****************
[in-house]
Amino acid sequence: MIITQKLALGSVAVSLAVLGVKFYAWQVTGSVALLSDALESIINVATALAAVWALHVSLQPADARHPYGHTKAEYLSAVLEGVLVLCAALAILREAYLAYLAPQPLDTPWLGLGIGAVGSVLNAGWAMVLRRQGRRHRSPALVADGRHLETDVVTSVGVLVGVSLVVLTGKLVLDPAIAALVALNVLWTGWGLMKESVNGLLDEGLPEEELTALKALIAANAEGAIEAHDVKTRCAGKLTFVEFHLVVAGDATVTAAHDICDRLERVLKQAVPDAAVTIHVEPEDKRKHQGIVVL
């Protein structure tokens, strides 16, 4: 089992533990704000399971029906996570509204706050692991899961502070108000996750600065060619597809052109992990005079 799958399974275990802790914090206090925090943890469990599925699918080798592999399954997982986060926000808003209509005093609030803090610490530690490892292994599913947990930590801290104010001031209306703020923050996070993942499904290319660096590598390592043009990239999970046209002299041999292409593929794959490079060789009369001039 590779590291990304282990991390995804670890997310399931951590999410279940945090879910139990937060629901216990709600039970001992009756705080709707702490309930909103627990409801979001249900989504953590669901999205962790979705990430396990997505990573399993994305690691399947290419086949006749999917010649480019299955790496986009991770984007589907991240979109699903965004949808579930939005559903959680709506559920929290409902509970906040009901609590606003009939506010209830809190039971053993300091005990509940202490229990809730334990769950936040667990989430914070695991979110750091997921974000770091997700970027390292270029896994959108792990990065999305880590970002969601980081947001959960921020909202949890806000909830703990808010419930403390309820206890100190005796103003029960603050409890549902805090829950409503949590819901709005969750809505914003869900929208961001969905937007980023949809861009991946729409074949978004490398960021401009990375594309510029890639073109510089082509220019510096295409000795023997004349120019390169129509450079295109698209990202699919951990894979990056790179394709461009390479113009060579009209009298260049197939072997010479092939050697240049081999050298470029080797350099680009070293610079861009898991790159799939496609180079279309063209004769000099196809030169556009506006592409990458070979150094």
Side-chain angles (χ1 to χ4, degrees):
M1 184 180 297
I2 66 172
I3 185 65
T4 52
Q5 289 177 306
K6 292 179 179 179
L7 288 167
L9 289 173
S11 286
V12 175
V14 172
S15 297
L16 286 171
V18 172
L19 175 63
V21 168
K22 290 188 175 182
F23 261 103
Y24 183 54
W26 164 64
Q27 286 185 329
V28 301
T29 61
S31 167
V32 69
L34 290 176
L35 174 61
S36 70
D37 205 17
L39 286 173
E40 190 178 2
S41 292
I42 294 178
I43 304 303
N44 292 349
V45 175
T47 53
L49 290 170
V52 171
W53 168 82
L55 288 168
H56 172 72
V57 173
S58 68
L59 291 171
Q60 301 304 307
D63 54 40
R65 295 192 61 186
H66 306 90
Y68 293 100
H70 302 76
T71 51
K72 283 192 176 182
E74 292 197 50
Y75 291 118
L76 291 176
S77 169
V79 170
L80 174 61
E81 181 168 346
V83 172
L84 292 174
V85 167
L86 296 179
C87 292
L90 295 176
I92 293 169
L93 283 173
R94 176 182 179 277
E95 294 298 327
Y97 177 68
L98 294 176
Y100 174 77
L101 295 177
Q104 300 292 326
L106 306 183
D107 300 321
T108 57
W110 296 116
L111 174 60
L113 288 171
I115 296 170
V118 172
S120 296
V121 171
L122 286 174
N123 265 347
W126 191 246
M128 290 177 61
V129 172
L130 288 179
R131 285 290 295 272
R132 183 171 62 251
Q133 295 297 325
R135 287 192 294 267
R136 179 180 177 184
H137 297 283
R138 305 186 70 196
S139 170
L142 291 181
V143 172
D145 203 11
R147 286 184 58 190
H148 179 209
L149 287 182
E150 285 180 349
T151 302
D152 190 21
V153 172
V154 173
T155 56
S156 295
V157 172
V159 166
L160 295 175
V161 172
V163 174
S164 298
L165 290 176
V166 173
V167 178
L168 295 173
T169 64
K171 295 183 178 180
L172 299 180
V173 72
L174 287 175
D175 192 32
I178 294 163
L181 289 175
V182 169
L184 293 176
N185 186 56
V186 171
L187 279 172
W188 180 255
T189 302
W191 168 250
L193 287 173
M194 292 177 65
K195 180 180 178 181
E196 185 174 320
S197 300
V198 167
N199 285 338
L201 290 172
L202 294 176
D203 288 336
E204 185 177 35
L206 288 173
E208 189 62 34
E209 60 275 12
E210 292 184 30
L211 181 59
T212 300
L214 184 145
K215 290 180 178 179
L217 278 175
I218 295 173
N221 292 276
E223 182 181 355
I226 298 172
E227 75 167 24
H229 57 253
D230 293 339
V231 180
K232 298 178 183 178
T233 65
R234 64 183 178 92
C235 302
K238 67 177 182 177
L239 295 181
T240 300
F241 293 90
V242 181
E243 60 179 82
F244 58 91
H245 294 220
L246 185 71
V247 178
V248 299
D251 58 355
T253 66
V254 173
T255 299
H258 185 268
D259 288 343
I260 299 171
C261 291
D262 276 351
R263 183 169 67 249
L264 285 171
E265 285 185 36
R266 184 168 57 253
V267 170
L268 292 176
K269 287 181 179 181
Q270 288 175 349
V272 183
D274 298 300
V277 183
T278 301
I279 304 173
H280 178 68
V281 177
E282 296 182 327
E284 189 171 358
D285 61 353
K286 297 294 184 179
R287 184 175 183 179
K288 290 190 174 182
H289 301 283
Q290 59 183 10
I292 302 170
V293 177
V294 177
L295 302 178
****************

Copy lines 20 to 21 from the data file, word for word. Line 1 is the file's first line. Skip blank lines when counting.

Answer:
V21 168
K22 290 188 175 182